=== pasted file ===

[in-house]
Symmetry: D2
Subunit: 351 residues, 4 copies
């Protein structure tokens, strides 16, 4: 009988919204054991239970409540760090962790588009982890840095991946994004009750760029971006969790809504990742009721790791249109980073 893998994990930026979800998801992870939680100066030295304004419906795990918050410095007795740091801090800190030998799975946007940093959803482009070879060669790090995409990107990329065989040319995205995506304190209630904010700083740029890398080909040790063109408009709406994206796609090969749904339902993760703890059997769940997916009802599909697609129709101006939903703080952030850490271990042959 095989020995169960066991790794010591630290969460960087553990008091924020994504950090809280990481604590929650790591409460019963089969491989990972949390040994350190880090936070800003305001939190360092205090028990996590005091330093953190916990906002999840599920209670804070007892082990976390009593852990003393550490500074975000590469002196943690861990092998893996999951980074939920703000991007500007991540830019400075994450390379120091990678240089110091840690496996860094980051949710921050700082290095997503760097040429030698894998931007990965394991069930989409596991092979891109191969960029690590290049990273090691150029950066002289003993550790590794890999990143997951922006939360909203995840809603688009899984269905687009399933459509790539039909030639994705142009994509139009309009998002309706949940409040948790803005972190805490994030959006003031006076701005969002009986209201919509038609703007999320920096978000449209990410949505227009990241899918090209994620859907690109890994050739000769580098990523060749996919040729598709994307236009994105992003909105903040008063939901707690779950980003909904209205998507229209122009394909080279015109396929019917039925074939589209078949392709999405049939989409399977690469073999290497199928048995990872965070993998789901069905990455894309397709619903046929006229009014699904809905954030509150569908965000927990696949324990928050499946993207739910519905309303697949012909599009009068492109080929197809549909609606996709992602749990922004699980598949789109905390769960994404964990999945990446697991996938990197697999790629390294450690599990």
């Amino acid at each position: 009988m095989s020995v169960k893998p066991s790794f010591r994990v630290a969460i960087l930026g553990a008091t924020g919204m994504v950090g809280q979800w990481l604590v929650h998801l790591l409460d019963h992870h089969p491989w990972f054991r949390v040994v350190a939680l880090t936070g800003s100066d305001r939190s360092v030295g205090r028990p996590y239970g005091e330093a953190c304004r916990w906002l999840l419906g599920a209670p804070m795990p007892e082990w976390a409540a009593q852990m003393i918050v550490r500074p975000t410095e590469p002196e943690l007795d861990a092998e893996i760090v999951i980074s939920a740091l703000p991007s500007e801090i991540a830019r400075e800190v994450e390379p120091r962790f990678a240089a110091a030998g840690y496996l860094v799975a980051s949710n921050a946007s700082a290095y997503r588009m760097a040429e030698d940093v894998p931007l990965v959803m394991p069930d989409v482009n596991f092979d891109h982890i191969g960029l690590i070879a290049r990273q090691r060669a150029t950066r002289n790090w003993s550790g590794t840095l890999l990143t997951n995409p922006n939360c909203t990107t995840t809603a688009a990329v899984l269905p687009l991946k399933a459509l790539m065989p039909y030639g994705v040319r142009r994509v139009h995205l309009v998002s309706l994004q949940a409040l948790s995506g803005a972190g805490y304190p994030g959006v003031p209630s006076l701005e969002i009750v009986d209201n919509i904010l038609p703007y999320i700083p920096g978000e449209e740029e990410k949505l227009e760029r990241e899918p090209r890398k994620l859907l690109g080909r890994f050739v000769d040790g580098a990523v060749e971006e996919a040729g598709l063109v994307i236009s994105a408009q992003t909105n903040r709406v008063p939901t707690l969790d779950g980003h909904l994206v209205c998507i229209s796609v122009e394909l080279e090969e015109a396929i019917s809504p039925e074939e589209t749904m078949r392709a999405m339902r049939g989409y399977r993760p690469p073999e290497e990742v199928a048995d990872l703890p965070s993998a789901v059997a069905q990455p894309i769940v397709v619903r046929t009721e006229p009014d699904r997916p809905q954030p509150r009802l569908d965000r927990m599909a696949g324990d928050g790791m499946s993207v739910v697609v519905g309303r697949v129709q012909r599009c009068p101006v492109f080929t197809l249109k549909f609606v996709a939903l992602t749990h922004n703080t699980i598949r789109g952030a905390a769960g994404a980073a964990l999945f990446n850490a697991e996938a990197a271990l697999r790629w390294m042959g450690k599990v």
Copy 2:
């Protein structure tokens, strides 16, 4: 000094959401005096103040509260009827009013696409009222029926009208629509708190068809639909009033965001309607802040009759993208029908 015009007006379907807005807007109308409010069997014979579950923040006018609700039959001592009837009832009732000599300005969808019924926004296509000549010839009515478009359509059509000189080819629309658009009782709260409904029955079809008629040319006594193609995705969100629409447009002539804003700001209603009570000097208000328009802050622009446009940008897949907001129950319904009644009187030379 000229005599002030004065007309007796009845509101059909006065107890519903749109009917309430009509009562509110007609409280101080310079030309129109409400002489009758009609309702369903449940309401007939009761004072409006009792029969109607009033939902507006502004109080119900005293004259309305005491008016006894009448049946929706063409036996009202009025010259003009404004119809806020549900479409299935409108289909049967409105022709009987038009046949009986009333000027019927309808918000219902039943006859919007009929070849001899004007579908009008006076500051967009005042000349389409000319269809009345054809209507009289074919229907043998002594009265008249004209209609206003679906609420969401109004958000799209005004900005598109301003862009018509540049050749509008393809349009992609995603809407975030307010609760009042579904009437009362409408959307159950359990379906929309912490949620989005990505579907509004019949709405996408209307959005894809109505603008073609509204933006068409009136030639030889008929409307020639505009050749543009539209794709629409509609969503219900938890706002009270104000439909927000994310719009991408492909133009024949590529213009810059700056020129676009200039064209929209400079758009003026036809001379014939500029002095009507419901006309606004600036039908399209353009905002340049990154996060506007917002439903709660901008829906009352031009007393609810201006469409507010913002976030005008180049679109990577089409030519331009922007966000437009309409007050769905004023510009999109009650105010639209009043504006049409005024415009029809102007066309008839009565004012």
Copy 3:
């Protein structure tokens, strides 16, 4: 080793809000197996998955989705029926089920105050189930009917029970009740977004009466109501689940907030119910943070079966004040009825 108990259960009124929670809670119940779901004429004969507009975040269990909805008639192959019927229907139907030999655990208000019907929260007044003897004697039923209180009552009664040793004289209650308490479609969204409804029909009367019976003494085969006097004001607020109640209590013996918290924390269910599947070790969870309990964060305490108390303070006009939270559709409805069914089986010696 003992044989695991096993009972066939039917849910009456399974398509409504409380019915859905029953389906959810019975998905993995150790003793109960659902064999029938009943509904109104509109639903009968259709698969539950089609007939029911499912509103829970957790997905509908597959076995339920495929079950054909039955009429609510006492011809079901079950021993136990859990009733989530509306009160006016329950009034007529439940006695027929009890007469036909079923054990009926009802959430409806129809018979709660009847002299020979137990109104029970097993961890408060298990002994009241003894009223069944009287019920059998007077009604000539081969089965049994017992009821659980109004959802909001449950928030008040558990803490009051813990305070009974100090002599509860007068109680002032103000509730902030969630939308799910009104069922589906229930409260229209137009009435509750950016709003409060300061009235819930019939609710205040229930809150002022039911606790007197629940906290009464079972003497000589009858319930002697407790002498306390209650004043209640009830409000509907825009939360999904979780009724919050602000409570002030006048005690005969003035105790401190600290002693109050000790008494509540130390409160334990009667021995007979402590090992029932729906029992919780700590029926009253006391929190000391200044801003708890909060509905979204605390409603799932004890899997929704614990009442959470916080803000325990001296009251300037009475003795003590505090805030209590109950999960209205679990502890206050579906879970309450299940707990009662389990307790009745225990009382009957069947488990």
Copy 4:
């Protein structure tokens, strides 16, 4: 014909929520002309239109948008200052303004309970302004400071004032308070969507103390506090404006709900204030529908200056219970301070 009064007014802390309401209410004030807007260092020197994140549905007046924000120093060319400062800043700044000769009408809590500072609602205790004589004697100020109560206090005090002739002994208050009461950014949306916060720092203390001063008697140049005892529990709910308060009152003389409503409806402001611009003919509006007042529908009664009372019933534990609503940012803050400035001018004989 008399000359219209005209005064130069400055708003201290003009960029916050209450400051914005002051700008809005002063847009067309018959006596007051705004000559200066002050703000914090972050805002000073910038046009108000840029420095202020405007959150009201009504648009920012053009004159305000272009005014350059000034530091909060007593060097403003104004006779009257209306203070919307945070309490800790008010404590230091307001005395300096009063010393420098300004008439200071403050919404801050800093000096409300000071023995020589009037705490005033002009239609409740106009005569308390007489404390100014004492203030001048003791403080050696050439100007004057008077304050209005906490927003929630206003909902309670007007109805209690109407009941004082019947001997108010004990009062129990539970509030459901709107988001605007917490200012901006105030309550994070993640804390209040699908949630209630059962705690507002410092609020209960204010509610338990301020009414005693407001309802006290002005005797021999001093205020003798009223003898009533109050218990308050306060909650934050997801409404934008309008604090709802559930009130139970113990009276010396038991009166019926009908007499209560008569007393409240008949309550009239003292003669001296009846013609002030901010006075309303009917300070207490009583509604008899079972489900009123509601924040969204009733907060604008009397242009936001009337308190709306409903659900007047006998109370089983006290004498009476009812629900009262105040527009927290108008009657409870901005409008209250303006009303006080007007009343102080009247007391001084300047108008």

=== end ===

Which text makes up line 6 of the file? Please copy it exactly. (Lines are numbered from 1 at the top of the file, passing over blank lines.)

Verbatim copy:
Copy 2: